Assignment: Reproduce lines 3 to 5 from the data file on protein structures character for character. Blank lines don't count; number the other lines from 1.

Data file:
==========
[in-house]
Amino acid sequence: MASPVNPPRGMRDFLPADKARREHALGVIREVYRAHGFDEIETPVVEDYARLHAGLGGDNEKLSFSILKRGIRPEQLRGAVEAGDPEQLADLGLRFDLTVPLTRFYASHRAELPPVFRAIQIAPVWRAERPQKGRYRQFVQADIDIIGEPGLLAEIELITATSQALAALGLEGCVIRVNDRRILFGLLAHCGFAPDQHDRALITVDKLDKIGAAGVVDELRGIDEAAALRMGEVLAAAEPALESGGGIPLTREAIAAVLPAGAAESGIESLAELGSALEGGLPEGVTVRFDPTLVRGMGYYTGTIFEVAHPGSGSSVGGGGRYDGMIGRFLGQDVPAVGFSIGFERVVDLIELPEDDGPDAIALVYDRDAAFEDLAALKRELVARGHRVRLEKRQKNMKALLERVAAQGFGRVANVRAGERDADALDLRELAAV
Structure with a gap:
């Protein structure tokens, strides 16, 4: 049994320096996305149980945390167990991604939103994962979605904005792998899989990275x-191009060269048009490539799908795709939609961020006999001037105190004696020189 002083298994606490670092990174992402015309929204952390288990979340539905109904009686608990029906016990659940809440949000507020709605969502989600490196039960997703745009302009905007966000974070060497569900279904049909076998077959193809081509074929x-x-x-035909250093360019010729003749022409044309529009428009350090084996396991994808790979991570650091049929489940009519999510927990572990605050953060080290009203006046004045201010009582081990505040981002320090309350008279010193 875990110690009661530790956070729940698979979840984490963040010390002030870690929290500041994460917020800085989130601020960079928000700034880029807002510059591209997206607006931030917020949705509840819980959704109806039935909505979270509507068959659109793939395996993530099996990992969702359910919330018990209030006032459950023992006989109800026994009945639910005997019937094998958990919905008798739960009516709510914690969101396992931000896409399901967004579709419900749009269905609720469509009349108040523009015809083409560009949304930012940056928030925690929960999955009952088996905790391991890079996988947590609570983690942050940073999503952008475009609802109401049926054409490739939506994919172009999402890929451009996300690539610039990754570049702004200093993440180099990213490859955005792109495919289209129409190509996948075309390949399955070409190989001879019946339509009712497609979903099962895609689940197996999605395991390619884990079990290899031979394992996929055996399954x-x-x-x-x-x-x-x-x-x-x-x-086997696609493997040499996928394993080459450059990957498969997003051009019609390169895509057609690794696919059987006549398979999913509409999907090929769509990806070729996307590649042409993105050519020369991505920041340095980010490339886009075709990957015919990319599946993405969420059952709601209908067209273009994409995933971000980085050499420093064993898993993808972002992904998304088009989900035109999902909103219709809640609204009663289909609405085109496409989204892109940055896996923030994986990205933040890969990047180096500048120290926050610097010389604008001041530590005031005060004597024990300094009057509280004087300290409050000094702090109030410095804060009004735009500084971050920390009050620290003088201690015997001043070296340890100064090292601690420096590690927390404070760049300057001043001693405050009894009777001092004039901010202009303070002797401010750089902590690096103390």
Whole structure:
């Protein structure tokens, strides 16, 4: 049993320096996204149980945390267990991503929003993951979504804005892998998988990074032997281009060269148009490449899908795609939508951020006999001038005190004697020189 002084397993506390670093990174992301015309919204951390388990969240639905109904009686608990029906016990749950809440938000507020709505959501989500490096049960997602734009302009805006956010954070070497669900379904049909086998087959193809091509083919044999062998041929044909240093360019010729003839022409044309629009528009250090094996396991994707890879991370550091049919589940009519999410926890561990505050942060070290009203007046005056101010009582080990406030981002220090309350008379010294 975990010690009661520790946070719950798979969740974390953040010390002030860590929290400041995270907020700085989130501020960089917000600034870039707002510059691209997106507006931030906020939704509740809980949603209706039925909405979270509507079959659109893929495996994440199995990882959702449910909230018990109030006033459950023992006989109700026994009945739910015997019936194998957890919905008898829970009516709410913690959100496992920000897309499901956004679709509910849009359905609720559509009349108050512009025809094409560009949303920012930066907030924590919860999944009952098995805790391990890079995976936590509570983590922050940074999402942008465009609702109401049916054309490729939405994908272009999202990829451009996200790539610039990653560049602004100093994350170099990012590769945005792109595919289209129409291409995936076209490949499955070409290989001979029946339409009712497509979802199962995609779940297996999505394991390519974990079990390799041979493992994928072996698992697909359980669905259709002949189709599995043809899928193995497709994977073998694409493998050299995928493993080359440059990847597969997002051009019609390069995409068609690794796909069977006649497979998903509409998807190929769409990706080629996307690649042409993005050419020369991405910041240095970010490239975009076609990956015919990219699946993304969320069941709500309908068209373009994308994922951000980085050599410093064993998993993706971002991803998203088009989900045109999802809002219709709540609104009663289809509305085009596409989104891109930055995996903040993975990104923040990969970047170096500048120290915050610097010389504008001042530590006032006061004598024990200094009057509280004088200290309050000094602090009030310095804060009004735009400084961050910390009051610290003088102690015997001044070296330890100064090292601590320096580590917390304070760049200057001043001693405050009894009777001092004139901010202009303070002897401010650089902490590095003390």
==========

Structure with a gap:
């Protein structure tokens, strides 16, 4: 049994320096996305149980945390167990991604939103994962979605904005792998899989990275x-191009060269048009490539799908795709939609961020006999001037105190004696020189 002083298994606490670092990174992402015309929204952390288990979340539905109904009686608990029906016990659940809440949000507020709605969502989600490196039960997703745009302009905007966000974070060497569900279904049909076998077959193809081509074929x-x-x-035909250093360019010729003749022409044309529009428009350090084996396991994808790979991570650091049929489940009519999510927990572990605050953060080290009203006046004045201010009582081990505040981002320090309350008279010193 875990110690009661530790956070729940698979979840984490963040010390002030870690929290500041994460917020800085989130601020960079928000700034880029807002510059591209997206607006931030917020949705509840819980959704109806039935909505979270509507068959659109793939395996993530099996990992969702359910919330018990209030006032459950023992006989109800026994009945639910005997019937094998958990919905008798739960009516709510914690969101396992931000896409399901967004579709419900749009269905609720469509009349108040523009015809083409560009949304930012940056928030925690929960999955009952088996905790391991890079996988947590609570983690942050940073999503952008475009609802109401049926054409490739939506994919172009999402890929451009996300690539610039990754570049702004200093993440180099990213490859955005792109495919289209129409190509996948075309390949399955070409190989001879019946339509009712497609979903099962895609689940197996999605395991390619884990079990290899031979394992996929055996399954x-x-x-x-x-x-x-x-x-x-x-x-086997696609493997040499996928394993080459450059990957498969997003051009019609390169895509057609690794696919059987006549398979999913509409999907090929769509990806070729996307590649042409993105050519020369991505920041340095980010490339886009075709990957015919990319599946993405969420059952709601209908067209273009994409995933971000980085050499420093064993898993993808972002992904998304088009989900035109999902909103219709809640609204009663289909609405085109496409989204892109940055896996923030994986990205933040890969990047180096500048120290926050610097010389604008001041530590005031005060004597024990300094009057509280004087300290409050000094702090109030410095804060009004735009500084971050920390009050620290003088201690015997001043070296340890100064090292601690420096590690927390404070760049300057001043001693405050009894009777001092004039901010202009303070002797401010750089902590690096103390």
Whole structure: